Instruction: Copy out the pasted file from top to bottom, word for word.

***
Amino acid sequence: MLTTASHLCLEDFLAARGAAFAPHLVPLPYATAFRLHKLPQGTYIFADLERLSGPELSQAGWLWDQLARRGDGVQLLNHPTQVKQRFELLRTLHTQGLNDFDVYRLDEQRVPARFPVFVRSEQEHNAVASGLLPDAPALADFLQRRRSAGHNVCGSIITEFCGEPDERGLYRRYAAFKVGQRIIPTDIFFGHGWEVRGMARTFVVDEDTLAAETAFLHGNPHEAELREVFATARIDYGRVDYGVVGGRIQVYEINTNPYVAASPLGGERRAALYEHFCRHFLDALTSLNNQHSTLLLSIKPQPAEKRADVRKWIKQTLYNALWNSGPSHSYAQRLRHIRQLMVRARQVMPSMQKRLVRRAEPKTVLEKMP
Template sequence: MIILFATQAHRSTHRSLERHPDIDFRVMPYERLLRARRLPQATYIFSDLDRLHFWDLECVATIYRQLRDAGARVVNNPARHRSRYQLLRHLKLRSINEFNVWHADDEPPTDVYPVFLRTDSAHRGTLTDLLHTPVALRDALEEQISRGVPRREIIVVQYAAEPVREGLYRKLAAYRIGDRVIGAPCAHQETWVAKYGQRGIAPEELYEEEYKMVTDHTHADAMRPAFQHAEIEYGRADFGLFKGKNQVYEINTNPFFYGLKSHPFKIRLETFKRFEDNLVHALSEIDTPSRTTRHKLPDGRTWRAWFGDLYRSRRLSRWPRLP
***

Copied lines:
Amino acid sequence: MLTTASHLCLEDFLAARGAAFAPHLVPLPYATAFRLHKLPQGTYIFADLERLSGPELSQAGWLWDQLARRGDGVQLLNHPTQVKQRFELLRTLHTQGLNDFDVYRLDEQRVPARFPVFVRSEQEHNAVASGLLPDAPALADFLQRRRSAGHNVCGSIITEFCGEPDERGLYRRYAAFKVGQRIIPTDIFFGHGWEVRGMARTFVVDEDTLAAETAFLHGNPHEAELREVFATARIDYGRVDYGVVGGRIQVYEINTNPYVAASPLGGERRAALYEHFCRHFLDALTSLNNQHSTLLLSIKPQPAEKRADVRKWIKQTLYNALWNSGPSHSYAQRLRHIRQLMVRARQVMPSMQKRLVRRAEPKTVLEKMP
Template sequence: MIILFATQAHRSTHRSLERHPDIDFRVMPYERLLRARRLPQATYIFSDLDRLHFWDLECVATIYRQLRDAGARVVNNPARHRSRYQLLRHLKLRSINEFNVWHADDEPPTDVYPVFLRTDSAHRGTLTDLLHTPVALRDALEEQISRGVPRREIIVVQYAAEPVREGLYRKLAAYRIGDRVIGAPCAHQETWVAKYGQRGIAPEELYEEEYKMVTDHTHADAMRPAFQHAEIEYGRADFGLFKGKNQVYEINTNPFFYGLKSHPFKIRLETFKRFEDNLVHALSEIDTPSRTTRHKLPDGRTWRAWFGDLYRSRRLSRWPRLP